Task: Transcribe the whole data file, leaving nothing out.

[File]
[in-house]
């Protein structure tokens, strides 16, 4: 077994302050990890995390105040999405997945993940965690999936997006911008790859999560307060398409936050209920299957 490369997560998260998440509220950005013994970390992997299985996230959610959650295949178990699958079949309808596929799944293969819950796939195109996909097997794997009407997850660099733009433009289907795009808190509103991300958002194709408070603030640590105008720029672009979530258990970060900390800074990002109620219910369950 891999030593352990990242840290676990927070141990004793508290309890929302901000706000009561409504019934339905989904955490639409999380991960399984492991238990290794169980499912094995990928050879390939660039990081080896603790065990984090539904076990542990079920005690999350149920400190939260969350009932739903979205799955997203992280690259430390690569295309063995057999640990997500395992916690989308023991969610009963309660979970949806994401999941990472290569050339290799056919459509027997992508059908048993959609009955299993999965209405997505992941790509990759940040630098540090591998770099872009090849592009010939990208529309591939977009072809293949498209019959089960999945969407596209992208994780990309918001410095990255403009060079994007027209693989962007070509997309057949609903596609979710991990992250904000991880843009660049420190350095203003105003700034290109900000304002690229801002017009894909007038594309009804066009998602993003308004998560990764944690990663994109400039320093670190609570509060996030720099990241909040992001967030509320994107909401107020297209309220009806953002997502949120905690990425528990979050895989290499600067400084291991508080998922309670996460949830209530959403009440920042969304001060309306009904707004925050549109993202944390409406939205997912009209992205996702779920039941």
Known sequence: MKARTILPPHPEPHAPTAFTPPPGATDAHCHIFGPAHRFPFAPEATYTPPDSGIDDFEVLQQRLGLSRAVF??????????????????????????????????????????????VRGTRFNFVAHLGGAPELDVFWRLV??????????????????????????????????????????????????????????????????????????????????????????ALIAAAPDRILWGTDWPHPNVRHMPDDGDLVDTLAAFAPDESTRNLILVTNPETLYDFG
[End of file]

[in-house]
């Protein structure tokens, strides 16, 4: 077994302050990890995390105040999405997945993940965690999936997006911008790859999560307060398409936050209920299957 490369997560998260998440509220950005013994970390992997299985996230959610959650295949178990699958079949309808596929799944293969819950796939195109996909097997794997009407997850660099733009433009289907795009808190509103991300958002194709408070603030640590105008720029672009979530258990970060900390800074990002109620219910369950 891999030593352990990242840290676990927070141990004793508290309890929302901000706000009561409504019934339905989904955490639409999380991960399984492991238990290794169980499912094995990928050879390939660039990081080896603790065990984090539904076990542990079920005690999350149920400190939260969350009932739903979205799955997203992280690259430390690569295309063995057999640990997500395992916690989308023991969610009963309660979970949806994401999941990472290569050339290799056919459509027997992508059908048993959609009955299993999965209405997505992941790509990759940040630098540090591998770099872009090849592009010939990208529309591939977009072809293949498209019959089960999945969407596209992208994780990309918001410095990255403009060079994007027209693989962007070509997309057949609903596609979710991990992250904000991880843009660049420190350095203003105003700034290109900000304002690229801002017009894909007038594309009804066009998602993003308004998560990764944690990663994109400039320093670190609570509060996030720099990241909040992001967030509320994107909401107020297209309220009806953002997502949120905690990425528990979050895989290499600067400084291991508080998922309670996460949830209530959403009440920042969304001060309306009904707004925050549109993202944390409406939205997912009209992205996702779920039941």
Known sequence: MKARTILPPHPEPHAPTAFTPPPGATDAHCHIFGPAHRFPFAPEATYTPPDSGIDDFEVLQQRLGLSRAVF??????????????????????????????????????????????VRGTRFNFVAHLGGAPELDVFWRLV??????????????????????????????????????????????????????????????????????????????????????????ALIAAAPDRILWGTDWPHPNVRHMPDDGDLVDTLAAFAPDESTRNLILVTNPETLYDFG